implementation and all components are freely available for download online from
http://bit.ly/GM-SAT. GM-SAT2 . It has been recommended by the British Association
of Stroke Physicians 12 and National Institute for Clinical Excellence.

For evidence of the impact of reviews, including telephone reviews see the EXTRAS
trial, a UK multicentre trial (the NIHR HTA EXTRAS trial). It has evaluated a
community stroke service which provided five structured telephone reviews over an
18 month period 13. Improvements in mood and levels of satisfaction with care have
been reported with the new service.

         23.5     Personalised care model information
The Personalised Care Model outlined in: Universal Personalised Care:
Implementing the Personalised Care Model offers more detail regarding personalised
care and outlines an optimum review offer
https://www.england.nhs.uk/personalisedcare/upc/comprehensive-model/

12
  A. Chowdhury MR, et al., British Association of Stroke Physicians (BASP) Clinical
Standards Committee: Recommendations for Providing Six Month Reviews Post Stroke.
2017, BASP Publications. https://basp.ac.uk/resources/basp-publications/.
B. National Institute for Health and Care Excellence, N., Stroke rehabilitation in adults:
Clinical guideline [CG162]. 2013, NICE Guidance: https://www.nice.org.uk/.
13   https://trialsjournal.biomedcentral.com/articles/10.1186/s13063-015-0704-3

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Appendix 1: The SSNAP form, six month post-stroke reviews:
The six month post-stroke review on SSNAP in 2019/20 captures the following
information in this format. “No but” check boxes have an explanatory text option.
This is the minimum information that must be captured within the review. These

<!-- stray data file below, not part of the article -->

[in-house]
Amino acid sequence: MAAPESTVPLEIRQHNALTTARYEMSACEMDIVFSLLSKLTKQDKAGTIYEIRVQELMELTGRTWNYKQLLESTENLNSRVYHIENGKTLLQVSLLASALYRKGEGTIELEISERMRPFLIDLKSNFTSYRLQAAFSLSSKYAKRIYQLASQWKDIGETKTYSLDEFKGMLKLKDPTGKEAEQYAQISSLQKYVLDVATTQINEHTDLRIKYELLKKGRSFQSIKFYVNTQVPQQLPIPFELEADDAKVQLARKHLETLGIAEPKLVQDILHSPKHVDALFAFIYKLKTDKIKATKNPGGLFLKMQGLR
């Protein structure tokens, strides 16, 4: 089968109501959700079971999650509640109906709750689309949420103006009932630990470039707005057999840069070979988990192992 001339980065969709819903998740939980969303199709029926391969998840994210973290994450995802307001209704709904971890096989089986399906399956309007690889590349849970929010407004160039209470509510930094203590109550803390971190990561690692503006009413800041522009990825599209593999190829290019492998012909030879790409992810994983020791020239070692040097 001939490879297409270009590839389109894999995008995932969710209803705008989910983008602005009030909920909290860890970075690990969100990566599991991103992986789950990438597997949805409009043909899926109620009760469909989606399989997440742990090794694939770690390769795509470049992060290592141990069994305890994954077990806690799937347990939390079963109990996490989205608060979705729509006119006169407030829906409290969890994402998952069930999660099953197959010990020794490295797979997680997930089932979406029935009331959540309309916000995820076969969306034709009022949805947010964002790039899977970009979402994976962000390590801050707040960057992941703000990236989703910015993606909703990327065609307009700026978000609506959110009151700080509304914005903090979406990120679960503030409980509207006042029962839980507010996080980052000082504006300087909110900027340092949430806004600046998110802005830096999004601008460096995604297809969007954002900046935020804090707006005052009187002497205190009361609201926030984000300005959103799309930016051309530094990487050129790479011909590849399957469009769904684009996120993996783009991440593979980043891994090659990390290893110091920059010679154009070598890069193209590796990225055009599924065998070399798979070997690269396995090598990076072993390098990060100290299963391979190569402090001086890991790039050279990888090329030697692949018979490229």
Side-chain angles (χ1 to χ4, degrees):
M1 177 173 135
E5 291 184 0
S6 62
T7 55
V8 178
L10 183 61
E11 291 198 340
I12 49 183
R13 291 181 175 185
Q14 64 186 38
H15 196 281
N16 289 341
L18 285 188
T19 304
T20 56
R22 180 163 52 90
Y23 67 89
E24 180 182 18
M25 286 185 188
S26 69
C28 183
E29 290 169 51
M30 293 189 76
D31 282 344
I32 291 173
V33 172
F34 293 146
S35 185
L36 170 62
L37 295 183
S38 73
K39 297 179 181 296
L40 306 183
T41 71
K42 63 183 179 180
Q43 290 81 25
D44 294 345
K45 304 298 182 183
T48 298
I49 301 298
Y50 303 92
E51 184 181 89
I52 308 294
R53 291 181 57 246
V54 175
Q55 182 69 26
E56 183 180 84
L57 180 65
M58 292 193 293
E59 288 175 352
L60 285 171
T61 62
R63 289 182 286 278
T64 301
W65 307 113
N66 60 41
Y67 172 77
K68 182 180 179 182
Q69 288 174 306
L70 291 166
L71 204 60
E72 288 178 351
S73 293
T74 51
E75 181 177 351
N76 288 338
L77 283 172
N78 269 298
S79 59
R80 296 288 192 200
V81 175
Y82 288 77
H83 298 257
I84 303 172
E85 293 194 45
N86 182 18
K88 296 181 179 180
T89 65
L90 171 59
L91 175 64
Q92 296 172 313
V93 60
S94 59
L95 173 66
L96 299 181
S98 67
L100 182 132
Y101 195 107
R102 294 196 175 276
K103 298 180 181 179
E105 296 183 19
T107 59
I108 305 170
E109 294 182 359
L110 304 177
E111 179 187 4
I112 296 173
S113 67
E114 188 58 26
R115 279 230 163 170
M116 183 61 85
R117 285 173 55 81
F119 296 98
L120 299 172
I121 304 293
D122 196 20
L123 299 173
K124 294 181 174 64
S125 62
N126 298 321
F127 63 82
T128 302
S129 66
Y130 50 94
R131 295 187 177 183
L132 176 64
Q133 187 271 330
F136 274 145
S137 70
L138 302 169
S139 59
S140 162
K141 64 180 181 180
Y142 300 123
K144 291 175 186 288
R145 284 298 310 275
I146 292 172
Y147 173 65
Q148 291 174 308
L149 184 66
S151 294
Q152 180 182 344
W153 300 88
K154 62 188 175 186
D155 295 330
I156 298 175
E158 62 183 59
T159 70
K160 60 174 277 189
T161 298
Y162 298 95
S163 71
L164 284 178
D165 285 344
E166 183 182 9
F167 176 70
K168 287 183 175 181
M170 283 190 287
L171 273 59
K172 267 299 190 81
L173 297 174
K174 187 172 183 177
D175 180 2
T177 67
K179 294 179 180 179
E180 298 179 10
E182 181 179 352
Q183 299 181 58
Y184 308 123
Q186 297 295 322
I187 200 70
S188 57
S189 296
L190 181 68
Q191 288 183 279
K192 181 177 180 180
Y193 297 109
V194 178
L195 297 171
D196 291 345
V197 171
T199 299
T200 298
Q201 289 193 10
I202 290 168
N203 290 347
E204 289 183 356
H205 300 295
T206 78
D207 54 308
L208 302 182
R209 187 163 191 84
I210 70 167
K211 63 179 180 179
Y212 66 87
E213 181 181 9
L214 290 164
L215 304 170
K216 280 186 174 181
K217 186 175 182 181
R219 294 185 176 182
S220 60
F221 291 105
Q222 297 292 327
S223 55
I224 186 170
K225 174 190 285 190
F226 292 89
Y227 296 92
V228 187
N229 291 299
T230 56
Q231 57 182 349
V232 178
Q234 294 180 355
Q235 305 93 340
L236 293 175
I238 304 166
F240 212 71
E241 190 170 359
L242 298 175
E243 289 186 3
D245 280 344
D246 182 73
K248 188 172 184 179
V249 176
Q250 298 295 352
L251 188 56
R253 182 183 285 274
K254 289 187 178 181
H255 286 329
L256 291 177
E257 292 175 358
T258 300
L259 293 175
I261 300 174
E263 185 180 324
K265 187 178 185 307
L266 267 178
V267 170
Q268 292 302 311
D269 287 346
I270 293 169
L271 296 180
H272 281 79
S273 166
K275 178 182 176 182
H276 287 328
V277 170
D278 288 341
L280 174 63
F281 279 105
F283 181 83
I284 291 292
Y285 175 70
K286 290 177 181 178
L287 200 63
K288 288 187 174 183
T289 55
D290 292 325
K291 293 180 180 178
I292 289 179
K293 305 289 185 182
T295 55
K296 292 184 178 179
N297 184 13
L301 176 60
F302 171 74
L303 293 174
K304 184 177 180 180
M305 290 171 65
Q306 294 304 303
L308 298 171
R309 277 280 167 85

questions alone will not, however, be enough to identify a persons desired outcomes
and how they would like to be supported to achieve them.

Six month (post admission) follow-up assessment
8.1. Did this patient have a follow-up assessment at 6 months post admission (plus or minus two
months)?
Yes  No  No but  No, patient died within 6 months of admission 

8.1.1 What was the date of follow-up?

8.1.2 How was the follow-up carried out: In person By telephone  Online             By post 

8.1.3 Which of the following professionals carried out the follow-up assessment:
GP  District/community nurse  Stroke coordinator  Voluntary Services employee 
Therapist  Secondary care clinician  Other 
8.1.4 If other, please specify

8.1.5 Did the patient give consent for their identifiable information to be included in SSNAP?*
Yes, patient gave consent  No, patient refused consent  Patient was not asked

8.2 Was the patient screened for mood, behaviour or cognition since discharge using a validated
tool? Yes  No  No but 
8.2.1 If yes, was the patient identified as needing support? Yes  No 
8.2.2 If yes, has this patient received psychological support for mood, behaviour or cognition since
discharge? Yes  No  No but 

8.3. Where is this patient living? Home  Care home  Other 
8.3.1 If other, please specify

8.4. What is the patient’s modified Rankin Scale score?

8.5. Is the patient in persistent, permanent or paroxysmal atrial fibrillation?
Yes  No  Not known 
8.6. Is the patient taking:
8.6.1 Antiplatelet: Yes  No  Not known 
8.6.2 Anticoagulant: Yes  No  Not known 